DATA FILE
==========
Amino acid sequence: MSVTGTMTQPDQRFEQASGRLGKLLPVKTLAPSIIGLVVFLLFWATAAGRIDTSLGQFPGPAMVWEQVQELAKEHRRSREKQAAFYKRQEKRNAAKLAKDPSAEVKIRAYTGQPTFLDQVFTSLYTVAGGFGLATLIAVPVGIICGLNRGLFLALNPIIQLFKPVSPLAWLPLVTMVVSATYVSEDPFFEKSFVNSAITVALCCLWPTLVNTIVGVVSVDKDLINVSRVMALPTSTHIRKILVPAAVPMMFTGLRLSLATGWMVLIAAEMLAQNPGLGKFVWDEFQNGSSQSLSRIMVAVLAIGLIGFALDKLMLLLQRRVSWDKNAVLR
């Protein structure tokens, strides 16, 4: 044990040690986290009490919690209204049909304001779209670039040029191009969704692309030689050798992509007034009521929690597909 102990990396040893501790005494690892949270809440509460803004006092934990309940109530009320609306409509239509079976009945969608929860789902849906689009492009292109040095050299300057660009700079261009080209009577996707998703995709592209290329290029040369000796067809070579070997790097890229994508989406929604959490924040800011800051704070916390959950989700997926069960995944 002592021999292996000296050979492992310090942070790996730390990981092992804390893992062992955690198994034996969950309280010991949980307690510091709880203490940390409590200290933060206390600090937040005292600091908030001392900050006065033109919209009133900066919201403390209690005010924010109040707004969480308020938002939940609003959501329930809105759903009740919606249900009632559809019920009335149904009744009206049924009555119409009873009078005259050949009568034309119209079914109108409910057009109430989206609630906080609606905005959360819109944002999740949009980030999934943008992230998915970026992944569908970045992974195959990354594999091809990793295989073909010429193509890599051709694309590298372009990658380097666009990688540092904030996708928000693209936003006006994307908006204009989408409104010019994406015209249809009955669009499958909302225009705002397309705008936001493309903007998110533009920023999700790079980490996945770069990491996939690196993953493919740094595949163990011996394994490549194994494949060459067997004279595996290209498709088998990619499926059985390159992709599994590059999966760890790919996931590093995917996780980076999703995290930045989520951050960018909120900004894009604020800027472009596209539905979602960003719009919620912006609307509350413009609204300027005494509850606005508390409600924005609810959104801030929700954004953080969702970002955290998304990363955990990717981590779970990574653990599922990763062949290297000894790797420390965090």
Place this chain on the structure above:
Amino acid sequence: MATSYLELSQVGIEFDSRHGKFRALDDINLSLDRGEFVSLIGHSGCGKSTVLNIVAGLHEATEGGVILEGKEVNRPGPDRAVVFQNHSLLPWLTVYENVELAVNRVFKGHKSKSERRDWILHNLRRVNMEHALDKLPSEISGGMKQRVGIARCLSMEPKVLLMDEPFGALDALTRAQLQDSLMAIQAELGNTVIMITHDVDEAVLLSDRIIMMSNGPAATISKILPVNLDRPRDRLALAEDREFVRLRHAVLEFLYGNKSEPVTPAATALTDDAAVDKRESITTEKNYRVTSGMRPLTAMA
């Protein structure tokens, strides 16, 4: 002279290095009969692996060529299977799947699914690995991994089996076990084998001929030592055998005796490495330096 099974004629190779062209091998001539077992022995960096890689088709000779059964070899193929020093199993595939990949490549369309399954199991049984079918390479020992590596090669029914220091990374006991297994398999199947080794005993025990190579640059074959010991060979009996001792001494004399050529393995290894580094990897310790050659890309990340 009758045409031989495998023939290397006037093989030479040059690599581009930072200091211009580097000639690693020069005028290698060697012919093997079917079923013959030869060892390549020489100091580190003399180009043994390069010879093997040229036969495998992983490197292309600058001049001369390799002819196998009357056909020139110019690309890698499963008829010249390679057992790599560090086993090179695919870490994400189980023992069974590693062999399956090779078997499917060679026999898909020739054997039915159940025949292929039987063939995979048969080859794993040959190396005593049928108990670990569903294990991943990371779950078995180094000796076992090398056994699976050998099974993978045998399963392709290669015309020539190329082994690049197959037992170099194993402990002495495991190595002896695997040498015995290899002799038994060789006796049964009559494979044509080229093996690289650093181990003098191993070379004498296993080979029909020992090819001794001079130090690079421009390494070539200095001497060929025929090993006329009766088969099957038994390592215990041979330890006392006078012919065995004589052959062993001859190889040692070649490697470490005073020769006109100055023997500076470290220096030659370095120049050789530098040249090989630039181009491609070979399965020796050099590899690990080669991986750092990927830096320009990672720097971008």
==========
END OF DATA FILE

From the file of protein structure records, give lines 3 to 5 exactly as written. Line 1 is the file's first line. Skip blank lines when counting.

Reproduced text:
Place this chain on the structure above:
Amino acid sequence: MATSYLELSQVGIEFDSRHGKFRALDDINLSLDRGEFVSLIGHSGCGKSTVLNIVAGLHEATEGGVILEGKEVNRPGPDRAVVFQNHSLLPWLTVYENVELAVNRVFKGHKSKSERRDWILHNLRRVNMEHALDKLPSEISGGMKQRVGIARCLSMEPKVLLMDEPFGALDALTRAQLQDSLMAIQAELGNTVIMITHDVDEAVLLSDRIIMMSNGPAATISKILPVNLDRPRDRLALAEDREFVRLRHAVLEFLYGNKSEPVTPAATALTDDAAVDKRESITTEKNYRVTSGMRPLTAMA
């Protein structure tokens, strides 16, 4: 002279290095009969692996060529299977799947699914690995991994089996076990084998001929030592055998005796490495330096 099974004629190779062209091998001539077992022995960096890689088709000779059964070899193929020093199993595939990949490549369309399954199991049984079918390479020992590596090669029914220091990374006991297994398999199947080794005993025990190579640059074959010991060979009996001792001494004399050529393995290894580094990897310790050659890309990340 009758045409031989495998023939290397006037093989030479040059690599581009930072200091211009580097000639690693020069005028290698060697012919093997079917079923013959030869060892390549020489100091580190003399180009043994390069010879093997040229036969495998992983490197292309600058001049001369390799002819196998009357056909020139110019690309890698499963008829010249390679057992790599560090086993090179695919870490994400189980023992069974590693062999399956090779078997499917060679026999898909020739054997039915159940025949292929039987063939995979048969080859794993040959190396005593049928108990670990569903294990991943990371779950078995180094000796076992090398056994699976050998099974993978045998399963392709290669015309020539190329082994690049197959037992170099194993402990002495495991190595002896695997040498015995290899002799038994060789006796049964009559494979044509080229093996690289650093181990003098191993070379004498296993080979029909020992090819001794001079130090690079421009390494070539200095001497060929025929090993006329009766088969099957038994390592215990041979330890006392006078012919065995004589052959062993001859190889040692070649490697470490005073020769006109100055023997500076470290220096030659370095120049050789530098040249090989630039181009491609070979399965020796050099590899690990080669991986750092990927830096320009990672720097971008």